The winter of 2000/2001 was the wettest on record and having started early in the autumn of 2000 it continued well into spring 2001. Many courses on heavy soils were closed for weeks on end with a substantial loss of income.
In addition greenkeeping operations were delayed as equipment could not be taken onto the land with the result that the condition of many courses suffered until well into the summer.
Buyers focused on the importance of drainage. Test Valley Golf Club near Basingstoke, constructed on a free draining chalk subsoil, was sold by Strutt & Parker to Leisure Links International for close to the guide price of £1.4 million. The fact that it remained open and dry for most of the winter was a real selling point. Since the year end they have purchased Chesfield Downs Golf Club from Clubhaus for £3.9 million.
Foot and Mouth
On top of this the Foot and Mouth outbreak resulted in the closure of many courses, mostly in rural areas. Some that did not close came in for criticism for irresponsible behaviour for encouraging unnecessary movement in the area – despite taking all recommended precautions for disinfection.
This was particularly difficult for clubs which rented courses from owners of surrounding agricultural estates who were not keen to encourage additional access.
The problem was not entirely limited to rural areas. Home Park Golf Club, now known as Hampton Court Palace Golf Club, was closed for 8 weeks to protect the deer, just as Strutt & Parker went to the market to offer a new 25 year licence on behalf of Historic Royal Palaces. Despite this the sale process went ahead on a shortened timescale and after strong competition American Golf was selected. In addition to a substantial licence fee they will be investing about £1.4 million in a new clubhouse and other improvements.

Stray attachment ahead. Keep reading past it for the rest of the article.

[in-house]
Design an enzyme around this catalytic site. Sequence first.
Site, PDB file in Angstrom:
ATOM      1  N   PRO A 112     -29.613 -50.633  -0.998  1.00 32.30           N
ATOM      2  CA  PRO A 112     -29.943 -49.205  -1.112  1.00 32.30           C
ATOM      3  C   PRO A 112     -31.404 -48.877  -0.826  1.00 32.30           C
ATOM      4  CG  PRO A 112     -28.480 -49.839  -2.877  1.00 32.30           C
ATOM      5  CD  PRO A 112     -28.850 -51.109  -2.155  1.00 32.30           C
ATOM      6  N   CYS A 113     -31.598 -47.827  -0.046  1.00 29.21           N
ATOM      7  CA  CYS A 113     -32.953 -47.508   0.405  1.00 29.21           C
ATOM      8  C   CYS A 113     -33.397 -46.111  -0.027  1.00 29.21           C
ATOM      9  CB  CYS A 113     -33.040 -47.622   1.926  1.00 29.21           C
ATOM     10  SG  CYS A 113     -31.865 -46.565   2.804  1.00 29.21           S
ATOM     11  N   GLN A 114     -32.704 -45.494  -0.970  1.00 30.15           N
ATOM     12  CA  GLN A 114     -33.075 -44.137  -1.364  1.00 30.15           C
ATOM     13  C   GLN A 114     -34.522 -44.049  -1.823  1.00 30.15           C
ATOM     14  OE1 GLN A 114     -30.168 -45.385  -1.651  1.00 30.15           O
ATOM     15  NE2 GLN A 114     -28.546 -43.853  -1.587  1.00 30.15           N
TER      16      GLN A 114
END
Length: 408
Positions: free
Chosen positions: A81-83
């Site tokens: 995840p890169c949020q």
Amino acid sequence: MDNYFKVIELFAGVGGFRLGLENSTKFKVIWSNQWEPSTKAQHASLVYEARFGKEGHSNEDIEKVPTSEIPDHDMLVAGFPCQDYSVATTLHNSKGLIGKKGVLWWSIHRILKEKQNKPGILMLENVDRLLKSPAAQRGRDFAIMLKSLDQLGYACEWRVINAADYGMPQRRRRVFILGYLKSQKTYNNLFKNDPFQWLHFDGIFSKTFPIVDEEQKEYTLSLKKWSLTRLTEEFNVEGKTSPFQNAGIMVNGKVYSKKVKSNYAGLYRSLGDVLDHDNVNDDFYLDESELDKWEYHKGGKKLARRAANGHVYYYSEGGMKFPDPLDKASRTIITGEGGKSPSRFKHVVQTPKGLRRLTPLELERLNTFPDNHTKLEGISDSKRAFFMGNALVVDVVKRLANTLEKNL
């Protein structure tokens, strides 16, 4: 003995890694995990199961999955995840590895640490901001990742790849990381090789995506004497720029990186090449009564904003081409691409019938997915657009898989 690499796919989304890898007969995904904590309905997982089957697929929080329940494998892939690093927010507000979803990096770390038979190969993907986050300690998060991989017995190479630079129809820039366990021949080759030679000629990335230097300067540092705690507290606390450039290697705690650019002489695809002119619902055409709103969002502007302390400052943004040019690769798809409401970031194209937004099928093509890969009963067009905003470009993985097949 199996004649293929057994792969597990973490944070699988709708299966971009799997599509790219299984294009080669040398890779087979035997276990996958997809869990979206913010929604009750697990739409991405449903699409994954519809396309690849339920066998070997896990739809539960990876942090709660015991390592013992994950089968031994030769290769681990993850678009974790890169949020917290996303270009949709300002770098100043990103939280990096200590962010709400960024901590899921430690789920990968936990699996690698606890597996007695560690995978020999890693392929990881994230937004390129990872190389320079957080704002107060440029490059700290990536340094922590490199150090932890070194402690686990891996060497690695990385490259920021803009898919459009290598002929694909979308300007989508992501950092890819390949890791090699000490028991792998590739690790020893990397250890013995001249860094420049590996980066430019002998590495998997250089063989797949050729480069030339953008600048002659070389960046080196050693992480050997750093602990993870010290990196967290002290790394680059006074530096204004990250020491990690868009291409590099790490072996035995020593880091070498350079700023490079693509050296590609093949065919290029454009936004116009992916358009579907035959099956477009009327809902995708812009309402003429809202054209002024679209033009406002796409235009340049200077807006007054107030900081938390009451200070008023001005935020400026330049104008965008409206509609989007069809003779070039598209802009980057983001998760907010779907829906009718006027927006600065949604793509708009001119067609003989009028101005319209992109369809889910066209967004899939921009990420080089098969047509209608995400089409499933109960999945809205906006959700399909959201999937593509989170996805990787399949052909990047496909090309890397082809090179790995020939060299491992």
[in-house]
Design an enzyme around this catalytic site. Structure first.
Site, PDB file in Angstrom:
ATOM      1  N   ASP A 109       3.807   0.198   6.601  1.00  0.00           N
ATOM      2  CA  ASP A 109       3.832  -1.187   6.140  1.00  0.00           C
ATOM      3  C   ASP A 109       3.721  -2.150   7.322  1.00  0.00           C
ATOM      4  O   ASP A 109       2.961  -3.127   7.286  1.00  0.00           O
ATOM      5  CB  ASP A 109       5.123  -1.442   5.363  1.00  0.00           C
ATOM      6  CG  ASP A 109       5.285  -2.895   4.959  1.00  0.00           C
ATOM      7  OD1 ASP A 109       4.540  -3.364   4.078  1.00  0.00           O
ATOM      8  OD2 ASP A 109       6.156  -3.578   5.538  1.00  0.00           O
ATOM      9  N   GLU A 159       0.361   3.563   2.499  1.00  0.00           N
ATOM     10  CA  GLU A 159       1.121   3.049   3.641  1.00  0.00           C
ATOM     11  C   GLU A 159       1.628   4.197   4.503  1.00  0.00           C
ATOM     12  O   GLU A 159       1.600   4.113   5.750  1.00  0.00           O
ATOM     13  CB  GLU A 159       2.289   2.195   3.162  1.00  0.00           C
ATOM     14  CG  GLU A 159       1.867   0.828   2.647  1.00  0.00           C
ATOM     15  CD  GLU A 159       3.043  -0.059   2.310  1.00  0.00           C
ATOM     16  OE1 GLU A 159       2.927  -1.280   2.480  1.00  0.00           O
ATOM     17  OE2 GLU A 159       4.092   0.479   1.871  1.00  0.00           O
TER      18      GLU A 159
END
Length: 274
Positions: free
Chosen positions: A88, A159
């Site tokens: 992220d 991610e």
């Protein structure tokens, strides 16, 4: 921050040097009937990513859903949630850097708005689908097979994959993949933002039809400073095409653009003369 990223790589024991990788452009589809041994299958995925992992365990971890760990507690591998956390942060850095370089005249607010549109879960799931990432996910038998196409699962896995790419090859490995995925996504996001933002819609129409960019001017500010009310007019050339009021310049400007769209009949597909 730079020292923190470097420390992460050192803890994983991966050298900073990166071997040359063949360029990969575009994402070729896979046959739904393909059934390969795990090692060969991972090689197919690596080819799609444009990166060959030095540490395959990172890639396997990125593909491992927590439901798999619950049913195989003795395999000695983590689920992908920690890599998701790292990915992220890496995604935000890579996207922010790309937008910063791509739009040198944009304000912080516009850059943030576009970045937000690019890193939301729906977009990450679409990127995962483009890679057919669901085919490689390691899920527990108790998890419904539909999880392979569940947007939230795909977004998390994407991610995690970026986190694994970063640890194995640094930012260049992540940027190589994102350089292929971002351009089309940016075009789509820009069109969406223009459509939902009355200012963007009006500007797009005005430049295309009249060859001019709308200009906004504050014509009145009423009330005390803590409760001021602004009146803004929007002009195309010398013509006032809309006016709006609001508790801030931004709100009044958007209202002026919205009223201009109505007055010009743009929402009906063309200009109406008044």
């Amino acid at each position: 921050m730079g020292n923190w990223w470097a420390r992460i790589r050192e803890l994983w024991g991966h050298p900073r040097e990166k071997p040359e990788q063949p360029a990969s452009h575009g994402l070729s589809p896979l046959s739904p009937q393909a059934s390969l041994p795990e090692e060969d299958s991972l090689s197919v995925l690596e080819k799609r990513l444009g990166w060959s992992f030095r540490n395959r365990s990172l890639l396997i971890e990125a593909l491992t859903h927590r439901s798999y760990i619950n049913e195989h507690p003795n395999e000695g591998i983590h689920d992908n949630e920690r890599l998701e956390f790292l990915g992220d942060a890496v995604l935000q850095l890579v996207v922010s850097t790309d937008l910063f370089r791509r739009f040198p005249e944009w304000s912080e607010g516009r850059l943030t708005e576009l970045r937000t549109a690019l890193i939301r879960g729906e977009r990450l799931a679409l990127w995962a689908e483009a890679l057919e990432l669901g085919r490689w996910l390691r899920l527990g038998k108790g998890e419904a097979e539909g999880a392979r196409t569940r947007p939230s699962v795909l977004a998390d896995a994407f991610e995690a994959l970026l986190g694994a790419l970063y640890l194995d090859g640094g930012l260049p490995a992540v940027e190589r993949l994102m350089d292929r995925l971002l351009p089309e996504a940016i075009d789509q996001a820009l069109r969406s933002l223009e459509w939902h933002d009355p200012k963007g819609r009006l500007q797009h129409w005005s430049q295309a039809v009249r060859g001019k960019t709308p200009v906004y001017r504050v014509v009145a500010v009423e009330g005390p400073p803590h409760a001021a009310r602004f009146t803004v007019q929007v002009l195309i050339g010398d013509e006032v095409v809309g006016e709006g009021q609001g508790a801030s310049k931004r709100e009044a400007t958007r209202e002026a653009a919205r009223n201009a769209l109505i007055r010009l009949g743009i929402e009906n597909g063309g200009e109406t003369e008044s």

The third event of the year was the terrorist attack in America on 11th September which, combined with the then deteriorating world economy, made everyone reappraise their operation. Despite the shock, we are unaware of any sales which were affected by this event although some buyers expressed greater caution in their outlook.
Low Interest Rates
Against these events, the bank rate fell on 7 occasions during the year from 6% at the start of the year to just 4% at the end of the year. This helped reduce finance charges for those either purchasing courses or able to take advantage of lower rates. However, those with funding at higher fixed rates were unable to take advantage of this.
2001 was a difficult year for many operators and budgets were often not achieved. This applied equally to private members clubs which are now facing very strong competition. They need to reappraise their operation and take a more active approach to attract green fee players and societies, and to maintain a full membership.
The operational difficulties of 2001 failed to noticeably affect the market for sales or lettings. It appears that the market has now reached a level of maturity. In 1990 there were virtually no sales of developed courses. The development of over 700 courses since 1988 has now created much of the tradable stock and the virtual absence of new developments means that the stock is unlikely to change significantly in the foreseeable future.